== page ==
Friday, November 6, 2015

ePharma News: STUDY:Pharma companies might be targeting the wrong audience with ads

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Health wearables: A woman is adjusting her Fitbit
FitBit is continuing its success in the market of health wearable devices. The company just reportedly tripled its revenue in the third quarter of this year resulting in $409.3 million. Also, as was revealed by MobileHealthNews, due to Fitbit' steady growth in the third quarter, the company added over 180 employees totaling 905. The Fitbit is planning to expand even more, and one of the brand's current efforts is FitStar Personal Trainer app, that Fitbit acquired earlier this year. FitStar mobile health app tracks in detail user's daily activity and customizes a workout routine for each user. When synced with FitStar, Fitbit tracks the overall progress more closely. The mobile app is currently available on Android devices only. The other Fitbit efforts include partnerships with Strava and Genuine Thermos®.

A doctor is looking at an electronic medical record on the computer
FoxNews just reported the results of the US medical study that suggested that many participants are OK with linking their social media accounts with their medical records and share access to it with the researchers. The study that is leaded by Raina Merchant, MD, Penn Medicine emergency medicine aims at building a digital health database that can potentially create parallels between certain symptoms and mood and help understand the nature of many health conditions as well as to predict the spread of diseases and come up with alternative treatments.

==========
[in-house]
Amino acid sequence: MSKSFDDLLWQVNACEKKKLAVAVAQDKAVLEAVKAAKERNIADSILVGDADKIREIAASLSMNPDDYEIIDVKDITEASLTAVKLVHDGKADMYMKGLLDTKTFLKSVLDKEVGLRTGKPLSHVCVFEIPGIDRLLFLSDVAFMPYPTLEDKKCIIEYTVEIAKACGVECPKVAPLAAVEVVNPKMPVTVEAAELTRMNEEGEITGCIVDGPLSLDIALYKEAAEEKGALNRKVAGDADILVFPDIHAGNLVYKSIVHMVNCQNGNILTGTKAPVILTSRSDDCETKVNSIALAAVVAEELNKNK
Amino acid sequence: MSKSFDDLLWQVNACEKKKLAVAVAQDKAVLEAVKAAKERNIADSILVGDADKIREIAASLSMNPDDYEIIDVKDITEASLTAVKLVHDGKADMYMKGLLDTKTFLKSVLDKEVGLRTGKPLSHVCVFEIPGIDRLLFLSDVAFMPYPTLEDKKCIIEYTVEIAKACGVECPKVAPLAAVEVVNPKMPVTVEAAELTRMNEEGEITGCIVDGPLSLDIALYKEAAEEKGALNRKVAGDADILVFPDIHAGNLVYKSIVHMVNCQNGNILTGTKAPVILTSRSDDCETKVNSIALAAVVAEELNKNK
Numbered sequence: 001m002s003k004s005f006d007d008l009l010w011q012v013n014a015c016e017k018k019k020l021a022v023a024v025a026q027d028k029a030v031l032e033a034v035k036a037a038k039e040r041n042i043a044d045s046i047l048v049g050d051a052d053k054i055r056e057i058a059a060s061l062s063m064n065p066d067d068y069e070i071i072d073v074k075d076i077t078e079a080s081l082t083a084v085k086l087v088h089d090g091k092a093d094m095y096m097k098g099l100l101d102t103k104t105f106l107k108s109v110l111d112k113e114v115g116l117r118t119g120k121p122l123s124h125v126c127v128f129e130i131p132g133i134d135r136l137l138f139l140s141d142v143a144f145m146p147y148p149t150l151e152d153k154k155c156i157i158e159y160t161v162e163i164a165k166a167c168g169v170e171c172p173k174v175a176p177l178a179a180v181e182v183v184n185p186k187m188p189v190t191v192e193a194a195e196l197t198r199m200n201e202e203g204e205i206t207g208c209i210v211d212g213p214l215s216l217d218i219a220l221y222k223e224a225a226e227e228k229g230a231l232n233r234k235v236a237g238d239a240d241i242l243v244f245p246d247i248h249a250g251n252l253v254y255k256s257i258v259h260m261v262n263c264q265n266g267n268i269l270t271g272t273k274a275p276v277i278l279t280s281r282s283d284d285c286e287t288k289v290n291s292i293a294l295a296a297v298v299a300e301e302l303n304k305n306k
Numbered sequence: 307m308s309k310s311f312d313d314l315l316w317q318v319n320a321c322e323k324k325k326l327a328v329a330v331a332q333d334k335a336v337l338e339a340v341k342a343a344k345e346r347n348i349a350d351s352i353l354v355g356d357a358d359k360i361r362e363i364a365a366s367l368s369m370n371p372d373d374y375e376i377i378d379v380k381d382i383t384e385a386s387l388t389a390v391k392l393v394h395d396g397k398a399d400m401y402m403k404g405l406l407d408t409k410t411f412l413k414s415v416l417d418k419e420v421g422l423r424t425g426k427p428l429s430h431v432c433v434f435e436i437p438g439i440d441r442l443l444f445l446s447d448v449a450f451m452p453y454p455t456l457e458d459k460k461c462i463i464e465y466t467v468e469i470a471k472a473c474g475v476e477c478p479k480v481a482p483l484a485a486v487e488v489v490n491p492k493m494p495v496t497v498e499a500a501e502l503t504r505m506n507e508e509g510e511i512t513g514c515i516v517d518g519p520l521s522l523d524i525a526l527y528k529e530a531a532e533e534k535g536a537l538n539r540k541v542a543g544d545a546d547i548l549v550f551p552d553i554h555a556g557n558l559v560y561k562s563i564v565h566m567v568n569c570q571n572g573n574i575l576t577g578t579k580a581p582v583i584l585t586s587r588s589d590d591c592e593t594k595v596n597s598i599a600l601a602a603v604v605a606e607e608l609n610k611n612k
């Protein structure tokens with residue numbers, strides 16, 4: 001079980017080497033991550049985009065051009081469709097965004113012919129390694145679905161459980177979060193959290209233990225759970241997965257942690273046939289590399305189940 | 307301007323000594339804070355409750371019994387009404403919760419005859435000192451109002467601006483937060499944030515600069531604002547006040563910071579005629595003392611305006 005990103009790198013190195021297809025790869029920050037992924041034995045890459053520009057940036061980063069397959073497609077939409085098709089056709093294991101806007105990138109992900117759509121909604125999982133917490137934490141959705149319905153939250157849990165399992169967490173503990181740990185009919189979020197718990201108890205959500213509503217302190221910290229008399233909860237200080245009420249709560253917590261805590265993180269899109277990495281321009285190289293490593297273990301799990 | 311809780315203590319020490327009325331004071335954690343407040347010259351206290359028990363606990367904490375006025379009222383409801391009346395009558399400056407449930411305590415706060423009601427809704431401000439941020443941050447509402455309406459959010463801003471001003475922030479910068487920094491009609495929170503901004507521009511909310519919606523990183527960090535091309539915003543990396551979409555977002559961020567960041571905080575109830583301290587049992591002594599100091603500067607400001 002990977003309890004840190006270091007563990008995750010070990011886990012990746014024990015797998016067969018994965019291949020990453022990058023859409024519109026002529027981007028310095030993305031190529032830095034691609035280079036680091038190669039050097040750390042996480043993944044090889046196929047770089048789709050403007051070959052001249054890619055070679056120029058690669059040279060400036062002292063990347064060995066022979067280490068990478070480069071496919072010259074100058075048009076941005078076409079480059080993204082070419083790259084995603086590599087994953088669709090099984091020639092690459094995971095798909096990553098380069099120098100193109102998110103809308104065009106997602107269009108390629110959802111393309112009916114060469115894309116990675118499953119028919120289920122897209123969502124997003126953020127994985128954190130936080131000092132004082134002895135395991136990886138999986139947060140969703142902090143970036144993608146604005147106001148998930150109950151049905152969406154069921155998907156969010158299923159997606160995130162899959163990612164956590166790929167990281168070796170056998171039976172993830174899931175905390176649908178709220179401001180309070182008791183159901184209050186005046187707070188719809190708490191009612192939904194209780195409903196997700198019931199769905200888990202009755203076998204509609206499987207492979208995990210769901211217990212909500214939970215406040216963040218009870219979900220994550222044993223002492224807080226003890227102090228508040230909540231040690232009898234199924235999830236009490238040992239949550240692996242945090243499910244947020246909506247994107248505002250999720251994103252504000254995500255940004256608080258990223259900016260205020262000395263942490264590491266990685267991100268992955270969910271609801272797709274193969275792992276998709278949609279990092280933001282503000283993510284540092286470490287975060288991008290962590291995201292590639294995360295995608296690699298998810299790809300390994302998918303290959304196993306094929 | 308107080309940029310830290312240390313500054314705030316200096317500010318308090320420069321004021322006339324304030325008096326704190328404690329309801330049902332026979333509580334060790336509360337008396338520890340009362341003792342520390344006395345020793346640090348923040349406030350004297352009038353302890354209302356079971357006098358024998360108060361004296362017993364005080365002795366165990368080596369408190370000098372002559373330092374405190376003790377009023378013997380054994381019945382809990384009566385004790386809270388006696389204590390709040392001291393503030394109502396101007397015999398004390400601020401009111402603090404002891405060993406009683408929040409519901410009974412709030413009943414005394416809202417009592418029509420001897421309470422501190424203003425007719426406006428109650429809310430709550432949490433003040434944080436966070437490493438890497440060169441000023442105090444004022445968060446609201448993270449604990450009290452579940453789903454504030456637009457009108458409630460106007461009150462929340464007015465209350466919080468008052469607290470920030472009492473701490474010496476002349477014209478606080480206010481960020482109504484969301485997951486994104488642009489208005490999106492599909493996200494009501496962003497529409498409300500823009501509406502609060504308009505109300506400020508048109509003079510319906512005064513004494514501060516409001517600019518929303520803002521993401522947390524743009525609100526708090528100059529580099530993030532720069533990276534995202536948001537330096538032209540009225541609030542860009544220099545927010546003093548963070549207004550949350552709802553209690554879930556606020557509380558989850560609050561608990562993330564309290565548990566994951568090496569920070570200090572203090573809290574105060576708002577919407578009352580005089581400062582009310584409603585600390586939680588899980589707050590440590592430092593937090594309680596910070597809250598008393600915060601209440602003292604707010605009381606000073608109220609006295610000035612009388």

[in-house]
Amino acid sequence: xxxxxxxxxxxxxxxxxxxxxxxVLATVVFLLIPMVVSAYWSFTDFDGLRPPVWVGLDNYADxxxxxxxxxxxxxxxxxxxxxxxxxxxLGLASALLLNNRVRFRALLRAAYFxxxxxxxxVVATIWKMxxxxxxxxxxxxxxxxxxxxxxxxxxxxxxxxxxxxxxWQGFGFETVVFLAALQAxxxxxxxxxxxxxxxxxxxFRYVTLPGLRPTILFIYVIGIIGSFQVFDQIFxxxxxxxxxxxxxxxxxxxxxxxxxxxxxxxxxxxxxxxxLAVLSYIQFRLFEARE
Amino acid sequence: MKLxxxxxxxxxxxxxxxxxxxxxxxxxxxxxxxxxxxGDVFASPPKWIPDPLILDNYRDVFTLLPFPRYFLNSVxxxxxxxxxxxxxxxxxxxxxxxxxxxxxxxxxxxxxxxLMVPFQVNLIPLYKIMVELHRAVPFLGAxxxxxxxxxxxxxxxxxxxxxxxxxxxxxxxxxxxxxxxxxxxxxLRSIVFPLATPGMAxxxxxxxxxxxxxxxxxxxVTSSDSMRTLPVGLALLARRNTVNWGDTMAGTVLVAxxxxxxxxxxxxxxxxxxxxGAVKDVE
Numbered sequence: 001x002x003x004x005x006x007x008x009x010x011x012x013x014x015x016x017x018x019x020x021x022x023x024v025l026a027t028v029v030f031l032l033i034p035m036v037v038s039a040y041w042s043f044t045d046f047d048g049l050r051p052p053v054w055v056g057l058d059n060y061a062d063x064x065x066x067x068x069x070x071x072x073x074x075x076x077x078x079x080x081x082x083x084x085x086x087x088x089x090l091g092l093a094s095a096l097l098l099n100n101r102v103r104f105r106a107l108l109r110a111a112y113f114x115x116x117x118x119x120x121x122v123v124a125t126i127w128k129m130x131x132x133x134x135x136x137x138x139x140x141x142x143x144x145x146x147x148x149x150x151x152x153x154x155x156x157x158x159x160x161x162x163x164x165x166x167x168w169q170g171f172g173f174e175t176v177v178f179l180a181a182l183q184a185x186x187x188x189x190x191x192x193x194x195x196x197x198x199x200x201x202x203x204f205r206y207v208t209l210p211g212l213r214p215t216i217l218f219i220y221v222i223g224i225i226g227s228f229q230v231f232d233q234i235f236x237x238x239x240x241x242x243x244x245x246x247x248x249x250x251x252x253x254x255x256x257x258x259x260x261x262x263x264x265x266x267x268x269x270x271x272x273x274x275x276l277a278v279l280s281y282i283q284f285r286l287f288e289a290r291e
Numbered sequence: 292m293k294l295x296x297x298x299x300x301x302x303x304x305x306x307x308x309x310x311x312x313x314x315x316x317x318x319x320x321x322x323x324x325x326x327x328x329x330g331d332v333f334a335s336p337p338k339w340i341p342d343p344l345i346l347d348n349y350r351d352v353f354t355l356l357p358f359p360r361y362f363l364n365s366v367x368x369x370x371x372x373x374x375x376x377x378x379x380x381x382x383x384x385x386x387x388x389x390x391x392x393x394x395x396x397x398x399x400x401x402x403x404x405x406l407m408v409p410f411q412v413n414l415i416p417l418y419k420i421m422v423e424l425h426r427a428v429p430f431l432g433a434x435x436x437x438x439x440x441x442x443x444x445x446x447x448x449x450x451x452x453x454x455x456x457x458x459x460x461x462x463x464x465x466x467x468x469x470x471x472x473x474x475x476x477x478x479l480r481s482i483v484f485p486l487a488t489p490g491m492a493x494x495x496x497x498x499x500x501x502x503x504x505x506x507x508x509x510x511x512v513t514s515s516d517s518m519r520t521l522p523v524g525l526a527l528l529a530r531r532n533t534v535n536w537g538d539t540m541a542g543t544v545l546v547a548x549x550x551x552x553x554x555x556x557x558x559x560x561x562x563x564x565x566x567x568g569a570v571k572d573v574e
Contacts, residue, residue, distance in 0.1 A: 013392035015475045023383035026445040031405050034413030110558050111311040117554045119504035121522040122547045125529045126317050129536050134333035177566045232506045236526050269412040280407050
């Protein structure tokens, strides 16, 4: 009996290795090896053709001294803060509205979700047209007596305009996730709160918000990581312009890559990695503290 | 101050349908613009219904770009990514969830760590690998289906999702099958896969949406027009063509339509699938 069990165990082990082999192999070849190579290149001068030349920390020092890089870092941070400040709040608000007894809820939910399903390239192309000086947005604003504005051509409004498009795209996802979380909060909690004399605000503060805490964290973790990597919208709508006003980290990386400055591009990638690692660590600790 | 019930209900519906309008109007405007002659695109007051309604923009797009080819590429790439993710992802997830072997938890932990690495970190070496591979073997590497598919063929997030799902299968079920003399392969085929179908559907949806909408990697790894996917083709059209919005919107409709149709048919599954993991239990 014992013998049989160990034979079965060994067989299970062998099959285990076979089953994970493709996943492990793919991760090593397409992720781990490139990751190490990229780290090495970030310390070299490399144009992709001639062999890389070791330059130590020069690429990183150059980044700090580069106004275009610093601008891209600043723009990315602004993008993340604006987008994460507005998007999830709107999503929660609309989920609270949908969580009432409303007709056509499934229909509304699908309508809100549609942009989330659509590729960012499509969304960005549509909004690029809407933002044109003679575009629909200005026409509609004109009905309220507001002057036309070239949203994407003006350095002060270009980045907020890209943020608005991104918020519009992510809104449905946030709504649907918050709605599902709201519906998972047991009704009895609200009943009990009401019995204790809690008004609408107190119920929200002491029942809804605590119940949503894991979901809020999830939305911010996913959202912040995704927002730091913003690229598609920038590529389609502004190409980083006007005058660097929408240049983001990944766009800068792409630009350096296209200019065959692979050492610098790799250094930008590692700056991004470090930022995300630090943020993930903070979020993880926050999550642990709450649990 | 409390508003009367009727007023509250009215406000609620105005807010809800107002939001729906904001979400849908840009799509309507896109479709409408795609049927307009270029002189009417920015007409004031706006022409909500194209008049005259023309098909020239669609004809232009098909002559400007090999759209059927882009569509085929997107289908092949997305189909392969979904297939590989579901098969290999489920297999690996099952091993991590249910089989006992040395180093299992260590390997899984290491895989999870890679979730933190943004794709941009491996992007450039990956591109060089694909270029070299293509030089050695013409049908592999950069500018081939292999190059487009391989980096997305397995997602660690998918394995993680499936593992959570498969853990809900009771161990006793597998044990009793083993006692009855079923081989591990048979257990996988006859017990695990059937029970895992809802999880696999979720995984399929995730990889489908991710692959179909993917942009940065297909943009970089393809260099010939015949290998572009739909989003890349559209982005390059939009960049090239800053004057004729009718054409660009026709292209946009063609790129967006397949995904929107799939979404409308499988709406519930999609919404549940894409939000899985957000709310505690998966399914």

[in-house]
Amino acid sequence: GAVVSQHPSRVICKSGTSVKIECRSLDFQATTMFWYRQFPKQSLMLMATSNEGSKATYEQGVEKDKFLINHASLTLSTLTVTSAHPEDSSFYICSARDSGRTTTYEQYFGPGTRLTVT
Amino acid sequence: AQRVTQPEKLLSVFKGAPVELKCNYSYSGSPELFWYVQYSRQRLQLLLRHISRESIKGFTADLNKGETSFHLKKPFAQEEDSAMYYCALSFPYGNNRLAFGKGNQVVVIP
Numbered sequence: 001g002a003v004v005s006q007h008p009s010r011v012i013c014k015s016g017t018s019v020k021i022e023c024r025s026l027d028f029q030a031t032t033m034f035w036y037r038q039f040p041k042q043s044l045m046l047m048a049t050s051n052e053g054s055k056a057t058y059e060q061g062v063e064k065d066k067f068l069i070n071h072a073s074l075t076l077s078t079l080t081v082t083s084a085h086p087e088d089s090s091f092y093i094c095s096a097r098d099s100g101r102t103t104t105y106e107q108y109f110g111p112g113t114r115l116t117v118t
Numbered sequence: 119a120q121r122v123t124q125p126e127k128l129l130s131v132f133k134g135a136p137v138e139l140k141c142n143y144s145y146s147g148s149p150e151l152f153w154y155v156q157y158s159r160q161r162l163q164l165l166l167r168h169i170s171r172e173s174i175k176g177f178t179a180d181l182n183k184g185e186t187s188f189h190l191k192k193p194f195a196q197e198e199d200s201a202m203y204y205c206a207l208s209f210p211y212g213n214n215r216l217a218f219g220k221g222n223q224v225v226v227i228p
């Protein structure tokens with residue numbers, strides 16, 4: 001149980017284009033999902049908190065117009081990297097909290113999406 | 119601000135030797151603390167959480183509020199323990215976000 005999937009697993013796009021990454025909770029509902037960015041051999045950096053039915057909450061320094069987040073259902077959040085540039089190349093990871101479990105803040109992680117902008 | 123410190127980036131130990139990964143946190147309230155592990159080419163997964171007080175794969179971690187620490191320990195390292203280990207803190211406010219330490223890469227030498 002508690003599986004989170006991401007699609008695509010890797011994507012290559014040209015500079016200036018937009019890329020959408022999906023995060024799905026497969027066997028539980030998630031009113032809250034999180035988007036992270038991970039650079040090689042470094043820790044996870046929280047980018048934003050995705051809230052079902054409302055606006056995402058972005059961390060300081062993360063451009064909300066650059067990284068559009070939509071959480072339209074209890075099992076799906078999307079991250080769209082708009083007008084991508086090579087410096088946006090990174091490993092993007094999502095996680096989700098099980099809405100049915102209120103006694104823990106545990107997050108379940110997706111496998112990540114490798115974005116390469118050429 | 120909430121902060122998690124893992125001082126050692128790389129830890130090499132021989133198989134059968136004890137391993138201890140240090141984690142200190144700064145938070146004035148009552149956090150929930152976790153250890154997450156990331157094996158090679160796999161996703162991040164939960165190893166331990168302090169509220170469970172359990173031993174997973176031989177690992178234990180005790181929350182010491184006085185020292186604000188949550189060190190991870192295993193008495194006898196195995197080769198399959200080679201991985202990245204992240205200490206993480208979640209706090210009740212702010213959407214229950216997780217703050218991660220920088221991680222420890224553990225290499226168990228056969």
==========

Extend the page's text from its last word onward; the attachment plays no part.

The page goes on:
Another recent "2015 New Realities" study on pharmaceutical advertising conducted by ID Media made a suggestion that pharmaceutical companies choose a wrong target for their advertising efforts. The numbers pulled from the sample of population surveyed argue, that men are more interested in their health than it was originally thought, and therefore they are more likely to pay closer attention to the marketing of prescription drugs.

For example, the numbers pulled through the research reported that 68% of male participants of the study strongly agreed that that it was in their hands to learn about the prescription drugs they were suggested by their PC physician. In contrast, only 60% of female participants strongly agreed on the importance of self-education around prescription drugs available in the market.

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About the author: Ksenia Newton, a Digital Marketing Assistant at IIR USA, Pharma Division, who works on various aspects of the industry including social media, marketing analysis and media. She can be reached at knewton@iirusa.com or on Twitter at @Ksenia_Newton.
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